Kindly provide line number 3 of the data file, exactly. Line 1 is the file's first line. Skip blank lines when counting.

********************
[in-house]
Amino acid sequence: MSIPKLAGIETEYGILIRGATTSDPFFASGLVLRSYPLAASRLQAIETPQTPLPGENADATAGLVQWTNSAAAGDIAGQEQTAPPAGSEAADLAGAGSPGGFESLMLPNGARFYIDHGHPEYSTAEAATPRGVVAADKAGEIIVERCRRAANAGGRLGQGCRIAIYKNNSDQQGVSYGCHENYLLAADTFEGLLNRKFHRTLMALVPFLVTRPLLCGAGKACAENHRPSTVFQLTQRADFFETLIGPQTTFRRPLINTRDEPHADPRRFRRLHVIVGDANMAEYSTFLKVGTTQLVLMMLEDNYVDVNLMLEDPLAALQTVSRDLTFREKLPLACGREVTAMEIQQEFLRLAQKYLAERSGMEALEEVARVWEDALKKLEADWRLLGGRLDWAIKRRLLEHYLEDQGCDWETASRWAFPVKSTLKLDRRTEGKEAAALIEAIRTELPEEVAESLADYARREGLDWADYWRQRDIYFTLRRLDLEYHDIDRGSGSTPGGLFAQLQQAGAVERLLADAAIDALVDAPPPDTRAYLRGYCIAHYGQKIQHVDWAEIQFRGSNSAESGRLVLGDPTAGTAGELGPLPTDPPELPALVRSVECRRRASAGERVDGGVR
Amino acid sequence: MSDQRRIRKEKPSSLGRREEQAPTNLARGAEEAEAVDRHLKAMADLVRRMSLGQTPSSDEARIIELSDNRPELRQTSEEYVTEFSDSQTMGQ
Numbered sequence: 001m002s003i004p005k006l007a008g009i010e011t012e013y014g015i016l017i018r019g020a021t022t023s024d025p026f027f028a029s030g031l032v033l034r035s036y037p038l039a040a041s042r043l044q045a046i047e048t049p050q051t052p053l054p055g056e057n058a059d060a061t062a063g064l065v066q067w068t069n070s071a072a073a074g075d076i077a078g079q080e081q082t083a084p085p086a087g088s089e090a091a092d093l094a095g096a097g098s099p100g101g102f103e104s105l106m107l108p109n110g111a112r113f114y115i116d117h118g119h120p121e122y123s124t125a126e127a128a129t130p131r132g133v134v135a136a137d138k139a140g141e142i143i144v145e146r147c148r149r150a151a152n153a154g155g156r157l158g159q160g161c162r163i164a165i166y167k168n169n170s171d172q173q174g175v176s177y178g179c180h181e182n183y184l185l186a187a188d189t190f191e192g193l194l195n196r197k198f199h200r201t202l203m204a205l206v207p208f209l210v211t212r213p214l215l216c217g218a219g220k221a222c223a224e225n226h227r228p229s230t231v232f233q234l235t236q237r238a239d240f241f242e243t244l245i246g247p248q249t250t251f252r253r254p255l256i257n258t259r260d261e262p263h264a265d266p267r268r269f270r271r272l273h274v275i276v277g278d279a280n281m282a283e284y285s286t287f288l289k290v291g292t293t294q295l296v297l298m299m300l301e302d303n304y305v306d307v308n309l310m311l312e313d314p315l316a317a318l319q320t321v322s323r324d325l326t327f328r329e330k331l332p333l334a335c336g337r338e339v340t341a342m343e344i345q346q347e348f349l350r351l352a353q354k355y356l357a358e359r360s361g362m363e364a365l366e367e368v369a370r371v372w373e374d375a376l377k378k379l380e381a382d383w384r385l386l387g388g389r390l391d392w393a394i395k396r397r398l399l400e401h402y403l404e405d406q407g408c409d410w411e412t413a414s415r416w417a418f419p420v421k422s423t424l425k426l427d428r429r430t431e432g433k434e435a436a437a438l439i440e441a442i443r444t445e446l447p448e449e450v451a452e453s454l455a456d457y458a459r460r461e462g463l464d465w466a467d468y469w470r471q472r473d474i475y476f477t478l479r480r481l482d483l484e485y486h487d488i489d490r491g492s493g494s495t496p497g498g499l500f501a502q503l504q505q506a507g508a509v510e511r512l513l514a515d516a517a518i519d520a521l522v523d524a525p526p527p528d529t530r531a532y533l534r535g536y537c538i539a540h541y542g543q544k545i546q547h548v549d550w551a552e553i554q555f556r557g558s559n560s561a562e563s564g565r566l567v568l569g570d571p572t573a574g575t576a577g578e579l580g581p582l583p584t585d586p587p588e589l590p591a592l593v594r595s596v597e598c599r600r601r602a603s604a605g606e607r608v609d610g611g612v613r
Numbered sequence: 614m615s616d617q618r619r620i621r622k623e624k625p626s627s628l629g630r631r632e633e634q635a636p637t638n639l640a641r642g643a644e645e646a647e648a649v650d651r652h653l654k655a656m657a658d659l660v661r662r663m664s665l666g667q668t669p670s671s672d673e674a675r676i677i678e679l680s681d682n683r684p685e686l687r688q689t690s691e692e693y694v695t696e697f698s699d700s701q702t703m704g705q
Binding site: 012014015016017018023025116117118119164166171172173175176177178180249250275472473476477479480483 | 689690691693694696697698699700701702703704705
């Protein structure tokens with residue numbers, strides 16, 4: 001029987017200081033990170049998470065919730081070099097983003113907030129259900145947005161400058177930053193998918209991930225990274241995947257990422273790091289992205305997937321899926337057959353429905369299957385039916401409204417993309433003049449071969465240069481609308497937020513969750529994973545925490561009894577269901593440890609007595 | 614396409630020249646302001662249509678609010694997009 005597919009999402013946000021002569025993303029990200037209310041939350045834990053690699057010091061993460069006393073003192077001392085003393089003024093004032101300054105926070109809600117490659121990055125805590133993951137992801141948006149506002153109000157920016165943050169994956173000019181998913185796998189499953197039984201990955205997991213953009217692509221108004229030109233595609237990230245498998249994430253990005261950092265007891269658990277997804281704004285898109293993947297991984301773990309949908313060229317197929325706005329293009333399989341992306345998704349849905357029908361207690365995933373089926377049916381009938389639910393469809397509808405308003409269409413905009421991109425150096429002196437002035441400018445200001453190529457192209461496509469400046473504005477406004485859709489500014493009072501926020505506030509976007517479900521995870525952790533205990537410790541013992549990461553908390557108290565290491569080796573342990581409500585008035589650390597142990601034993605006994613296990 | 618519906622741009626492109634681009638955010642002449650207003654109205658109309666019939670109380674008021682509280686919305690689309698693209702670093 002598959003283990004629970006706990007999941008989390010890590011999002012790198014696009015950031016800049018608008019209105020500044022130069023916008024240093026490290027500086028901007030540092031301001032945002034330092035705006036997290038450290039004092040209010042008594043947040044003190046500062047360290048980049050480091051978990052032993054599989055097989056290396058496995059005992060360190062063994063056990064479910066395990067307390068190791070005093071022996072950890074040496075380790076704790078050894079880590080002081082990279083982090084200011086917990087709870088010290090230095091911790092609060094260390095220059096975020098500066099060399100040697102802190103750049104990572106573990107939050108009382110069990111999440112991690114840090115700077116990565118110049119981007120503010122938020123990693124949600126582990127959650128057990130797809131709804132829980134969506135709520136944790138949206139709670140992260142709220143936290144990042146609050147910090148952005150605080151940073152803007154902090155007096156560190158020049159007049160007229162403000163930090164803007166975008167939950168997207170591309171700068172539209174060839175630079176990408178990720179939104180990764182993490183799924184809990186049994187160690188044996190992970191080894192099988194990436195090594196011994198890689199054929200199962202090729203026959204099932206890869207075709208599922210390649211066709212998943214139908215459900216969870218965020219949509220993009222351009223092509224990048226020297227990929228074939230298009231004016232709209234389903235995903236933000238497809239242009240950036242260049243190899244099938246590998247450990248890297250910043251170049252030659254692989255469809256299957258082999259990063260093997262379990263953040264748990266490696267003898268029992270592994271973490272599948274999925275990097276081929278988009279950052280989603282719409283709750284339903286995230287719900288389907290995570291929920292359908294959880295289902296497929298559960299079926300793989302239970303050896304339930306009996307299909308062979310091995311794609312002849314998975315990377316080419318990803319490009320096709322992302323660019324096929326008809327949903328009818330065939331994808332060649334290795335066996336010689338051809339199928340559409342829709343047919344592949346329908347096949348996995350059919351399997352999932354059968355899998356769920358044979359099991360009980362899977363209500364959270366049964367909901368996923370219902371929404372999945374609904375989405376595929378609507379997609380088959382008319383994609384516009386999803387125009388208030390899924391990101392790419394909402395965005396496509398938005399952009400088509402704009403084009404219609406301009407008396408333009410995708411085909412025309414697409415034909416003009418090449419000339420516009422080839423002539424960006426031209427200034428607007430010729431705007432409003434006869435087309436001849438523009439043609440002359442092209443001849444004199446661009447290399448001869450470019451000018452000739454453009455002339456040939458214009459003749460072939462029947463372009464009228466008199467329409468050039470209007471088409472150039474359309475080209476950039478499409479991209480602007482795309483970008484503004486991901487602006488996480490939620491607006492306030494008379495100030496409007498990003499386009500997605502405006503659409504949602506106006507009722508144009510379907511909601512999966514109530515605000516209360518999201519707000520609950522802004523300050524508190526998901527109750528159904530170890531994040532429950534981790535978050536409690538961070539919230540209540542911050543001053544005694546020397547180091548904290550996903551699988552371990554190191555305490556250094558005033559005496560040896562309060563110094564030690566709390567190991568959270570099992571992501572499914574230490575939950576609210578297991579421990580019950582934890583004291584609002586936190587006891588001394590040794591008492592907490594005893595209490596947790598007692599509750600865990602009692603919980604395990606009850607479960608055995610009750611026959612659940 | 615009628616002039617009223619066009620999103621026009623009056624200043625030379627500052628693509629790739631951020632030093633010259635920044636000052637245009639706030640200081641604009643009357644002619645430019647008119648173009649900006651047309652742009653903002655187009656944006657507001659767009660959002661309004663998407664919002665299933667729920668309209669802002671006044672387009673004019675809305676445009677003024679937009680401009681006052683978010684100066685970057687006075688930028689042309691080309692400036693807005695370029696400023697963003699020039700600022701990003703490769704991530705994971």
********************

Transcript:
Amino acid sequence: MSDQRRIRKEKPSSLGRREEQAPTNLARGAEEAEAVDRHLKAMADLVRRMSLGQTPSSDEARIIELSDNRPELRQTSEEYVTEFSDSQTMGQ